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Published on 11 Dec 2014 | over 2 years ago

The Biggest Helicopter in the World: The Mil Mi-26 (Russian: Миль Ми-26, NATO reporting name: Halo), given the product code izdeliye 90, is a Soviet/Russian heavy transport helicopter. In service with civilian and military operators, it is the largest and most powerful helicopter to have gone into production.

Design and development
Following the incomplete development of the heavier Mil Mi-12 (prototypes known as Mil V-12) in the early 1970s, work began on a new heavy-lift helicopter, designated Izdeliye 90 ("Project 90") and later allocated designation Mi-26. The new design was required to have an empty weight less than half its maximum takeoff weight. The helicopter was designed by Marat Tishchenko, protégé of Mikhail Mil, founder of the OKB-329 design bureau.

The Mi-26 was designed as a heavy-lift helicopter for military and civil use, and was to replace earlier Mi-6 and Mi-12 heavy lift helicopters, with twice the cabin space and payload of the Mi-6, then the world's largest and fastest production helicopter. The primary purpose was to move military equipment like 13 metric ton (29,000 lb) amphibious armored personnel carriers, and mobile ballistic missiles, to remote locations after delivery by military transport planes such as the Antonov An-22 or Ilyushin Il-76.

The first Mi-26 flew on 14 December 1977 and the first production aircraft was rolled out on 4 October 1980.
Development was completed in 1983, and the Mi-26 was in Soviet military and commercial service by 1985.

The Mi-26 was the first factory-equipped helicopter with a single, eight-blade main lift rotor. It is capable of flight in the event of power loss by one engine (depending on aircraft mission weight) thanks to an engine load sharing system. While it is only slightly heavier than the Mi-6, the Mi-26 can lift up to 20 metric tons (44,000 lb). It is the second largest and heaviest helicopter ever constructed, after the experimental V-12. The tail rotor has about the same rotor diameter and thrust of the four-bladed MD 500 main rotor.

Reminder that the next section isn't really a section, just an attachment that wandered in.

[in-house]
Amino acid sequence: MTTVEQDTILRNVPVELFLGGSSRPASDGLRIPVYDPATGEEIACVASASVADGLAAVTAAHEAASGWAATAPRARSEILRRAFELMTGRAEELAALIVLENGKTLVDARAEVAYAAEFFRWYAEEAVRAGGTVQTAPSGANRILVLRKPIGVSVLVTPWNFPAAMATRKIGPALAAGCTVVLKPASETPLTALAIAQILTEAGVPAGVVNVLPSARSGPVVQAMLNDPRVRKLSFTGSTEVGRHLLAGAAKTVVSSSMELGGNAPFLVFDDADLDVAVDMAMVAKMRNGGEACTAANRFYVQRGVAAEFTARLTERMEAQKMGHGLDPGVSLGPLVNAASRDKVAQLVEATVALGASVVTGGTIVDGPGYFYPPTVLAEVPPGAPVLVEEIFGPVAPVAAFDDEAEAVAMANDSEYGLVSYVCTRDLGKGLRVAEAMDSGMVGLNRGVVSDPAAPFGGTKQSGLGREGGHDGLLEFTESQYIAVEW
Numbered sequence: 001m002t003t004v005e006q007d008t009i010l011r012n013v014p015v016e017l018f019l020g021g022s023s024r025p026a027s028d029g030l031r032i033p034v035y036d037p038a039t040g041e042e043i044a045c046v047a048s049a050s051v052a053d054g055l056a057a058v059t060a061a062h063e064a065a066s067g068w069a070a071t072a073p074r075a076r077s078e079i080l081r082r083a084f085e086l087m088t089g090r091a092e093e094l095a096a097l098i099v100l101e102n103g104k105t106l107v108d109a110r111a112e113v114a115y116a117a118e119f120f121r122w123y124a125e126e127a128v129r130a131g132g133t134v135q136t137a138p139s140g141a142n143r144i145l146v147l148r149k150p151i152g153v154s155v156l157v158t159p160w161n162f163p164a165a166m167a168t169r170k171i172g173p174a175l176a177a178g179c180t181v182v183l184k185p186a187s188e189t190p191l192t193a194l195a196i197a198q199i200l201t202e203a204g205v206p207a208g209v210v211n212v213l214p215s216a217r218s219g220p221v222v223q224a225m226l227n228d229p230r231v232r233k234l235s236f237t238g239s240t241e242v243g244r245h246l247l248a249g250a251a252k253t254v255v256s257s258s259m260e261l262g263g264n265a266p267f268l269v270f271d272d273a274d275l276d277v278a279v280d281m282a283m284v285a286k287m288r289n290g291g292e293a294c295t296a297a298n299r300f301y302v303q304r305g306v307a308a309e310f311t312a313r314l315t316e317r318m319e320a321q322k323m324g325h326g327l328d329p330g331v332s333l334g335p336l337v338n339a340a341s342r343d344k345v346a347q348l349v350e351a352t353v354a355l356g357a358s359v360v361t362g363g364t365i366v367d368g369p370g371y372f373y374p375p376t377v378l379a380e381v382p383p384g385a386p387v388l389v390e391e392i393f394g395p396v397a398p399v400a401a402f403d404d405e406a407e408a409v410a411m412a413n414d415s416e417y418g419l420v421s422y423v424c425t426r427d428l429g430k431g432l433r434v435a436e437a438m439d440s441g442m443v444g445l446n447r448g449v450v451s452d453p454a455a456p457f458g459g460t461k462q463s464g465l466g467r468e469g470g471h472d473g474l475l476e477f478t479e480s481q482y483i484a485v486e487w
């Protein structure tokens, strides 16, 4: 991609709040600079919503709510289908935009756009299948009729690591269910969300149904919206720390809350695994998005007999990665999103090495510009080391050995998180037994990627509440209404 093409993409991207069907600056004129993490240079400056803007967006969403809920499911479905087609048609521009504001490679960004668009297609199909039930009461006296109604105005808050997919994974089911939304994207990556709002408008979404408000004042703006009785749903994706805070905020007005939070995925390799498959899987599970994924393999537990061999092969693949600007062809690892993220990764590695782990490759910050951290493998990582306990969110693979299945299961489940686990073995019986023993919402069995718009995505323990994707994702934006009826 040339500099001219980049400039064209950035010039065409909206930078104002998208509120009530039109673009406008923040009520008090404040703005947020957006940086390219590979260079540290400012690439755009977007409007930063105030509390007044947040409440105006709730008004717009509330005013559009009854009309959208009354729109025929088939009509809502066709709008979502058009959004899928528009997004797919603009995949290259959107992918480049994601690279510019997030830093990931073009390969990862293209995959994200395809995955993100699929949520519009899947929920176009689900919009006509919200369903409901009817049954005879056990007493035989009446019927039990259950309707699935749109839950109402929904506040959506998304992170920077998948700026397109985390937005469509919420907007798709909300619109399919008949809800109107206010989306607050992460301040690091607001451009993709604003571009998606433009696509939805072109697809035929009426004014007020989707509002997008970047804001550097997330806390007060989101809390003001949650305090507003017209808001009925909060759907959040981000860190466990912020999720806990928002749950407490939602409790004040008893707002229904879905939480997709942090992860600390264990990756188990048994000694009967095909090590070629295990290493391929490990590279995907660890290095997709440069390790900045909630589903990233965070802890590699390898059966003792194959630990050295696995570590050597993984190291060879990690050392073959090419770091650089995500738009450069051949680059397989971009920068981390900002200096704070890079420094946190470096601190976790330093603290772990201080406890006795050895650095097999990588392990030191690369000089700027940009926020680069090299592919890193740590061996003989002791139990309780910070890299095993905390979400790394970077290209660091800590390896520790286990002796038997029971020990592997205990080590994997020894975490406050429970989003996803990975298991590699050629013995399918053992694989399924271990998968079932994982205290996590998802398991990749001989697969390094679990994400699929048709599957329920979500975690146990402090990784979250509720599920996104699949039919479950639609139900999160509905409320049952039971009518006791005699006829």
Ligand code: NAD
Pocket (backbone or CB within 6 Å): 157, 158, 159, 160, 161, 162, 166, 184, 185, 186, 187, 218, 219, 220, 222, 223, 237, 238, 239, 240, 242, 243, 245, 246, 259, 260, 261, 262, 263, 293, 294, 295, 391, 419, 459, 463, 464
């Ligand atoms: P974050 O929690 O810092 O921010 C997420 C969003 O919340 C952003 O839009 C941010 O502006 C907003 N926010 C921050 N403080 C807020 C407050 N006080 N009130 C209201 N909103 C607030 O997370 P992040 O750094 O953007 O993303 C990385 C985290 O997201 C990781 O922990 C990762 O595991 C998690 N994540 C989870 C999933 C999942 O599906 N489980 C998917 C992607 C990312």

The Mi-26's unique main gearbox is relatively light but can absorb 19,725 shp, which was accomplished using a non-planetary, split-torque design. Because Mil's normal gearbox supplier said that such a gearbox could not be designed, the Mil Design Bureau designed the VR-26 transmission itself.

As of 2013, the Mi-26 still holds the FAI record of greatest mass lifted to 2,000 metres - it lifted 56,768.8 kg in 1982.

In July 2010 a proposed Russian-Chinese development of a 33-ton heavy-lift helicopter was announced.

The Russian helicopter manufacturer, Rostvertol, is in the process of refurbishing and upgrading the entire fleet of Mi-26s serving in the Russian Air Force. The fleet is estimated to total around 20 helicopters. The upgraded aircraft will be comparable to a new variant, the Mi-26T. Contract completion is planned for 2015. The contract also covers the production of 22 new Mi-26T helicopters. Eight new-built helicopters were delivered to operational units by January 2012. Under the 2010 contract, 17 new-production helicopters have been delivered through 2014.

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